The re-map panel on the Filters page is like a MIDI patchbay, and controls the flow of all MIDI events through Music X. Using it you could feasibly record a live band playing a number of MIDI devices and, via a MIDI merge box, ensure that they didn't overflow into each others channels. Filters deserves a tutorial article in itself. Suffice to say, this is one of the powerful features of the package.
Another unique selling point for Music X is its ability to play Amiga 8-bit sound samples in unison with sequences. Amiga samples are of the IFF variety, and are of the expected 8-bit quality. Hey, 8-bit was good enough for most people a few years ago. Even Trevor Horn had an 8-bit Fairlight! In actual fact, there is a hardware modification you could do to the Amiga to improve its sound quality, but frankly it's alright as it is, provided you sample with care and at a reasonable rate. (Note: you can convert Ensoniq Mirage sample disks to IFF format using a program called Sound Oasis, by NewWave; available through most good Amiga dealers. Think how many secondhand Mirage disks there are around at the moment.) The Samples page shows you a list of samples in memory, and gives you some control over their volume envelope shape. You persuade the samples to play in a sequence by assigning a MIDI channel to them.
So we come to the neat stuff - things that don't really contribute to the sounds you make but make using Music Xfun:
- For a start Music X is the best pro music program for the Amiga, simply because it doesn't take over the machine (see 'Multitasking Made Easy' sidebar). The program allows you to load and save, tinker around with sequences, delete and move things... and your tune still keeps on playing.
- All the screen updates are done very rapidly, so on all but the most speedy of sequences, you can see what notes are being run through the Bar editor in real time, allowing you to spot the location of mistakes.
- The built-in Generic Patch Editor is neat, but requires a steady hand and a copy of the MIDI spec of your instrument(s).
- The tempo slider glides up and down as the tempo changes in a piece, as if some ghostly hand were pushing it - neat.
- The program has frame rates for NTSC (29.97 frames per second) and PAL (25 frames per second) built in, so you can sync to these TV standards. Good for pond-hopping TV musicians.
- You can write your own modules and have them pop-up as menu items simply by assigning them to a MODULES: device.
- With the graphical cut and paste facility, you can improvise for the entire length of your computer's memory, and arrange it afterwards. You can build up enormous tunes this way, cutting and pasting your musical sketches until you obtain the effect you're looking for. And remember: quantising means never having to say you're sloppy.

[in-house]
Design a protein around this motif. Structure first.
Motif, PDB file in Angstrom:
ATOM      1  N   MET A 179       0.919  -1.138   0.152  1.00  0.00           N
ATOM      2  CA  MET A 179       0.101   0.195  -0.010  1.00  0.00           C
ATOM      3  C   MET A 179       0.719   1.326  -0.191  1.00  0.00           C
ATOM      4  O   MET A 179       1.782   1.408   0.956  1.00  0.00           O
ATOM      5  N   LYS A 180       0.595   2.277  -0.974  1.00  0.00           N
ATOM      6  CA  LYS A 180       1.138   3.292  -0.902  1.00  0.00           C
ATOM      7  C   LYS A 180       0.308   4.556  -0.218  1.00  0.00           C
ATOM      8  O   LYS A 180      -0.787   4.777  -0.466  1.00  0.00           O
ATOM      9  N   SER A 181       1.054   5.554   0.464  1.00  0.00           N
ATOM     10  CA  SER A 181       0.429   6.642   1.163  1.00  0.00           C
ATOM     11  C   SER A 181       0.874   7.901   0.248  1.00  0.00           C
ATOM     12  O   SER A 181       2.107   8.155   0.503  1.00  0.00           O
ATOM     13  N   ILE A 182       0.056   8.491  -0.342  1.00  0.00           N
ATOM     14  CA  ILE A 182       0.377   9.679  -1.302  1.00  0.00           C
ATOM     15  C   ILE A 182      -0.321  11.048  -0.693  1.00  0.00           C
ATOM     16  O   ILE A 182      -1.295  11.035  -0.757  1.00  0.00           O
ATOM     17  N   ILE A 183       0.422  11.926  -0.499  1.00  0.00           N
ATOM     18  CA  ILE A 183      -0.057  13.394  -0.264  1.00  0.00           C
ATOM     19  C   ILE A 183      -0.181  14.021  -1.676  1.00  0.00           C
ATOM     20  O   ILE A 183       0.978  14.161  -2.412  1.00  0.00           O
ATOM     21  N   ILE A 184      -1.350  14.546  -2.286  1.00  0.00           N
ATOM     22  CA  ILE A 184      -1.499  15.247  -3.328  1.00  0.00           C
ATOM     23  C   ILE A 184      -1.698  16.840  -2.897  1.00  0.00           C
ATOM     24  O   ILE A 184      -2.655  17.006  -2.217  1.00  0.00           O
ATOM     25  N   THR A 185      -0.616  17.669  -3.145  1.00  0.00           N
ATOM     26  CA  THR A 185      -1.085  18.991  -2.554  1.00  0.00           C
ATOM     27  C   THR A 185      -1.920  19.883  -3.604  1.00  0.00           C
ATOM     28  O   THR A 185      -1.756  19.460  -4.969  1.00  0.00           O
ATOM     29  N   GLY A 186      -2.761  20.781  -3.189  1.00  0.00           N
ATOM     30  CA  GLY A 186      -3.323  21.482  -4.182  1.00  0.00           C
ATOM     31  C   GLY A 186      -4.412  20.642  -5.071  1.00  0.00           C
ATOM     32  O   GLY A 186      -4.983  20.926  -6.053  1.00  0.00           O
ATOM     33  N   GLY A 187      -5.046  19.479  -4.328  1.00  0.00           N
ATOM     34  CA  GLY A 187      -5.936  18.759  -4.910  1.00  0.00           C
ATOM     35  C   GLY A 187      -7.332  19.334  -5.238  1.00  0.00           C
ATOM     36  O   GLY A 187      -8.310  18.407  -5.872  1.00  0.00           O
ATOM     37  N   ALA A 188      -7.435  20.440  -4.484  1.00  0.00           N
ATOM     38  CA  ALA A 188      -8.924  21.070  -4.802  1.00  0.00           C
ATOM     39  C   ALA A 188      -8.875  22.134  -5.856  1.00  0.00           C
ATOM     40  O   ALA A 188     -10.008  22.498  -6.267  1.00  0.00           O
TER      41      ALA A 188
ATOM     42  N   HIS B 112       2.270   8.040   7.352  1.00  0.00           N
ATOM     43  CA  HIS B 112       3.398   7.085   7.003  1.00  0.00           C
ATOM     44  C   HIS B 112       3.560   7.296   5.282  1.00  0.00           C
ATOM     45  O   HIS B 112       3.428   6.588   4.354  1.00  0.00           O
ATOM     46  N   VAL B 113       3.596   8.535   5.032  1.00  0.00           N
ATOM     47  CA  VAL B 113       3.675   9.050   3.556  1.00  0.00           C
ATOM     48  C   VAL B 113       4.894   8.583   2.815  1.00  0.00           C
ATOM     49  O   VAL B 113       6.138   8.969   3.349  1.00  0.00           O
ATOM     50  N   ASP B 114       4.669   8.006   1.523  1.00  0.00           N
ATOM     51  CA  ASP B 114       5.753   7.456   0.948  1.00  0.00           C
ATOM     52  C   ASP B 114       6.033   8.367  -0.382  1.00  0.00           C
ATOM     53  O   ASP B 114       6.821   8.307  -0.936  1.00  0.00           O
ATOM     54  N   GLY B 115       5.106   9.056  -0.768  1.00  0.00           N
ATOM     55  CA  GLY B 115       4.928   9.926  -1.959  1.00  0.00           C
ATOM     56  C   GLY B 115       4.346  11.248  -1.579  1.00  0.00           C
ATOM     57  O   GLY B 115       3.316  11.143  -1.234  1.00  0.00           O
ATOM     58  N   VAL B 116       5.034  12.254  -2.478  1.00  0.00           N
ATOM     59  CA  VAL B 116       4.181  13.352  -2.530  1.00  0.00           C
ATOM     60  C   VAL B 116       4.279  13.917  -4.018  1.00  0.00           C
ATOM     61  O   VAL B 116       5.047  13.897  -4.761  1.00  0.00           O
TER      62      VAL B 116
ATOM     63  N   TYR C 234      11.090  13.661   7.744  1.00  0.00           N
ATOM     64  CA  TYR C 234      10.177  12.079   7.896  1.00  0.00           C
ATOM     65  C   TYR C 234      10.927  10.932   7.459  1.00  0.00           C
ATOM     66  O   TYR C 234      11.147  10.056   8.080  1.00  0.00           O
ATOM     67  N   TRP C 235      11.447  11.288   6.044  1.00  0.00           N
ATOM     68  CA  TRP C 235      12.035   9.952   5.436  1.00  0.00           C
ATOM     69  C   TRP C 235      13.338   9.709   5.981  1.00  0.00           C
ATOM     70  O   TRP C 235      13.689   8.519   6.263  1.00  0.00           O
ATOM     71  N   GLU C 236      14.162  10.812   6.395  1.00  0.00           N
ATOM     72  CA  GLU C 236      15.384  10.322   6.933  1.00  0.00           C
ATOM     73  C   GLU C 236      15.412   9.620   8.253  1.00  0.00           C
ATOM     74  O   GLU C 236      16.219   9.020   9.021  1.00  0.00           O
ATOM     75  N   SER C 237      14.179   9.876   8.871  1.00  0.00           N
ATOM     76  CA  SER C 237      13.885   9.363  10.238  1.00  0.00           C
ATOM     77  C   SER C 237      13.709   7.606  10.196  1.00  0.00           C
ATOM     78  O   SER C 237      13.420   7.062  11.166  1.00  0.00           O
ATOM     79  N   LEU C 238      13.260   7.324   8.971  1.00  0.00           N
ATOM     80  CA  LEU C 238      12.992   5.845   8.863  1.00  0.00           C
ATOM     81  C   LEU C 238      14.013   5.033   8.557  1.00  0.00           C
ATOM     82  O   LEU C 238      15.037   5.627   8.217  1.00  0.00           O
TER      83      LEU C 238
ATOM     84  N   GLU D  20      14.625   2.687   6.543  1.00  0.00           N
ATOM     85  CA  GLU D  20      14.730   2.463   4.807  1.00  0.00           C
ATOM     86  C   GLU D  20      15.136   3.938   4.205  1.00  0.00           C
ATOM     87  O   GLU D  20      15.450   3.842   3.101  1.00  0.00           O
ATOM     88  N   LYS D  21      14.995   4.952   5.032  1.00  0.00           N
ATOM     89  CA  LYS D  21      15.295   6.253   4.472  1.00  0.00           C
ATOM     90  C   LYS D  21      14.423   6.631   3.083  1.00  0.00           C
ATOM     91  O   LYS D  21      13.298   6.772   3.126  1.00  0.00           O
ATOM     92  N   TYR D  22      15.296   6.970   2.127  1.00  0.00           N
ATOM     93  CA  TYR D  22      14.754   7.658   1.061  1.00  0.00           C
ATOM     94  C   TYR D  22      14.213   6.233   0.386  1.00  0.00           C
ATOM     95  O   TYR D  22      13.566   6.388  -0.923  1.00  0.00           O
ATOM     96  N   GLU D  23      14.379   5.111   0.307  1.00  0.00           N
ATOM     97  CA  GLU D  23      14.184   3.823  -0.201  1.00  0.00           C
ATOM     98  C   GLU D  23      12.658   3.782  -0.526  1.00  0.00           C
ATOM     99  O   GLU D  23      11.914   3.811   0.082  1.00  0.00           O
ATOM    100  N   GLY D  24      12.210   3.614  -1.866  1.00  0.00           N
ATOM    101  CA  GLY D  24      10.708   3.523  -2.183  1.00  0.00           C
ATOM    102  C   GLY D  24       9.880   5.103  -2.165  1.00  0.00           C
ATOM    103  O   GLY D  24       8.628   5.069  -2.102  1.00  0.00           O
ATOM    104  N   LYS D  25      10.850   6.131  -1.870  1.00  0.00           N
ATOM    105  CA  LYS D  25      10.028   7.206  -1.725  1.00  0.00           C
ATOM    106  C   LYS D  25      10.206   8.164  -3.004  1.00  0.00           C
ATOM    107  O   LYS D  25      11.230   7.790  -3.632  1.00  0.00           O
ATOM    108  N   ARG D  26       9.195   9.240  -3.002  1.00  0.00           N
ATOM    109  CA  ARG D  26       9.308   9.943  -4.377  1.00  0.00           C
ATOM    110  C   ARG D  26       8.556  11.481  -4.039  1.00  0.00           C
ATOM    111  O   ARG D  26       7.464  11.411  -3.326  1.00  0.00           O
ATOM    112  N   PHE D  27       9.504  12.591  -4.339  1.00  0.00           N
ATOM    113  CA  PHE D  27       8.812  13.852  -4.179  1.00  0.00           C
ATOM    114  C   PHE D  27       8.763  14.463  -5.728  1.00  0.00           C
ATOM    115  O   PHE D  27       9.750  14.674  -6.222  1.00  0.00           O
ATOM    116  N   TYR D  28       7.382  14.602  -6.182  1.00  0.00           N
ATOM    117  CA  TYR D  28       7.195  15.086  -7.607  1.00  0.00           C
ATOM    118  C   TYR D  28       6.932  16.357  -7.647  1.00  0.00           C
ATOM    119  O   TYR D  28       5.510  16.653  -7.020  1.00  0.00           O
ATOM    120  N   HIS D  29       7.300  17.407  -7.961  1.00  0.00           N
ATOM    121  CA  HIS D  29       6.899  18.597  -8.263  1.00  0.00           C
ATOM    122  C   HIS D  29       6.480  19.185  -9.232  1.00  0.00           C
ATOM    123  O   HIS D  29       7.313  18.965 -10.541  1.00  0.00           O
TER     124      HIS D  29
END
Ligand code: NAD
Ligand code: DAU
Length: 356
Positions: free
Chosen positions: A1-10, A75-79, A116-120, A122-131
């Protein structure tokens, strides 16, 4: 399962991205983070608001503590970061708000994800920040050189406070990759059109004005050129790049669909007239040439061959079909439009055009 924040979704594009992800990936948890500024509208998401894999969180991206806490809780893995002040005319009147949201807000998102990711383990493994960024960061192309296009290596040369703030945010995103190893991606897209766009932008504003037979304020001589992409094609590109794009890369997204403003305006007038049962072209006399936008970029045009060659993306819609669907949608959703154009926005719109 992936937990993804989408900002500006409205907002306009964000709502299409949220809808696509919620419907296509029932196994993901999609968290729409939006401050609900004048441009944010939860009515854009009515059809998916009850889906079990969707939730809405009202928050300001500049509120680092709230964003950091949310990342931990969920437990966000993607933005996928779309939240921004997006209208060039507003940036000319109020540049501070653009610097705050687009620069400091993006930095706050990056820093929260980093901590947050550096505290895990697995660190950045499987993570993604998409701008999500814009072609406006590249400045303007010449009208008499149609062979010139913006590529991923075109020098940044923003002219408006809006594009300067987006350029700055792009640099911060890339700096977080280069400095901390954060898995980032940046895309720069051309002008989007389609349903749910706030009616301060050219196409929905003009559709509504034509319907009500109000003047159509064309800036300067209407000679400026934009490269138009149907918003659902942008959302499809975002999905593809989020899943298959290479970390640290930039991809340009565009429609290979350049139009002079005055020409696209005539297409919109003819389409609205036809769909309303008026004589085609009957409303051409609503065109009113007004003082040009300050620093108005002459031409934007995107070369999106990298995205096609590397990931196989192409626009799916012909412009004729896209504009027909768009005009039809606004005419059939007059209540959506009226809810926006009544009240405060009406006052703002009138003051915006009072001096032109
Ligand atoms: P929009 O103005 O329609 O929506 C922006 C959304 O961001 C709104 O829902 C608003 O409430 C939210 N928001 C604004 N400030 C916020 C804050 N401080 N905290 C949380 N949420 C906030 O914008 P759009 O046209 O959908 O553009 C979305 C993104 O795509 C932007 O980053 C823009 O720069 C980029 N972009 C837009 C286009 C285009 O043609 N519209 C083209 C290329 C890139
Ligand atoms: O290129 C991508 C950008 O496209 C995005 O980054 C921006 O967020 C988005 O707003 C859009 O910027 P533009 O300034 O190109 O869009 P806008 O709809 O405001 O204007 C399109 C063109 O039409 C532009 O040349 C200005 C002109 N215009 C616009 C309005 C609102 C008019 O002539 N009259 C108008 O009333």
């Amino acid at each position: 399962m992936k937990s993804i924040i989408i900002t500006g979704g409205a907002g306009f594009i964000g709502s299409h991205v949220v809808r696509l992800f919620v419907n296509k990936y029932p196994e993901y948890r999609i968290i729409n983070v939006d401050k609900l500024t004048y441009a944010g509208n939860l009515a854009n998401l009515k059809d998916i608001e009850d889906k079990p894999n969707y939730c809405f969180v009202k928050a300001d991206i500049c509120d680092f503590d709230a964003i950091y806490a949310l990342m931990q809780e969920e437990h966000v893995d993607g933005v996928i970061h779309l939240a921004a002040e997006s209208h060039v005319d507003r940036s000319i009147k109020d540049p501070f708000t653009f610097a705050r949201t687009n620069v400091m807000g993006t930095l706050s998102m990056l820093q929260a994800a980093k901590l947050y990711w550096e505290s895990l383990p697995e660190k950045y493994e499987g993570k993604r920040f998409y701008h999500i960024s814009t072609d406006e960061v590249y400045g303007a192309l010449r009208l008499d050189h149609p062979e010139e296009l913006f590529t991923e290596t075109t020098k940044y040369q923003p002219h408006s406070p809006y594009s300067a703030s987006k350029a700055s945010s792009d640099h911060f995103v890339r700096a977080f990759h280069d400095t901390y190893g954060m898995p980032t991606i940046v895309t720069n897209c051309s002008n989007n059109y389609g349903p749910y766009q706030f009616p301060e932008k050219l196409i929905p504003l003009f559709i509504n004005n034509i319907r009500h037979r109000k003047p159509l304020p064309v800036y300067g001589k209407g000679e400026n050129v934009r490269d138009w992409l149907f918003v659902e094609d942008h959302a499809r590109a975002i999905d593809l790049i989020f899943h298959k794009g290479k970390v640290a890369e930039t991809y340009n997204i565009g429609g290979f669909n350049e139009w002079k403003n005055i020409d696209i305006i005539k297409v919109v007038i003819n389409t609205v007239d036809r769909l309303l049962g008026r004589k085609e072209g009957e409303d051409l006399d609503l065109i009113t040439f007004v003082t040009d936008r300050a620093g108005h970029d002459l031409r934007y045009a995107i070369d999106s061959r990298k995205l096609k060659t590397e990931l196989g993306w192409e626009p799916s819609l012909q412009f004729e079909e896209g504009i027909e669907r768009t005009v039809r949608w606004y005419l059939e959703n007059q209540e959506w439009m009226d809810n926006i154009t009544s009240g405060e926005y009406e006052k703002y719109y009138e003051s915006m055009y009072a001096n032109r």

I never thought I'd see the day when we'd all be holding our breath for the next bit of computer software. If you had told me that in the Seventies I would have laughed at you. Actually, I'd still do that now, but this is the way of the world now, my son, and it has to be said that software like this comes along infrequently. Music X has an integrated approach which works, and in use it feels as solid as a rock.
The one thing Music X really lacks at the moment is a notation module. And that's so darned obvious, I'm sure that Microillusions are tapping away at it right now. (Actually, if you can't wait, you can write your notation into Deluxe Music Construction Set or Sonix now, notation fans, and convert it using a special conversion program supplied on the Music X Utilities disk.) But let's get this in perspective. Here I am complaining that a piece of MIDI software doesn't do literally everything I'd want to do with music on my computer. This is obviously not a very fair complaint but, to be honest, it's the only complaint I can come up with.
At first I found the program too complex and the manual unhelpful. But I soon discovered that most of the complexity was in my own mind. I was so used to having to learn the way a program works instead of adapting the systems on offer to my own way of working. Music flows more with Music X. It trains you to play in time, because you feel you want to. It makes you more expressive, because you feel as though you have the room to express yourself. No other sequencer I've used gives me that feeling. It's the way you can see the music and, having seen it, change it just by moving the notes that makes the difference. I think it's a major contribution to music software in general, and the Amiga in particular. You and Sir Robert Mark can make up your own minds.
£228.85 inc VAT.
Microillusions Europe Ltd, (Contact Details).
UK distributors: SDL Ltd, (Contact Details).
Review by Phil South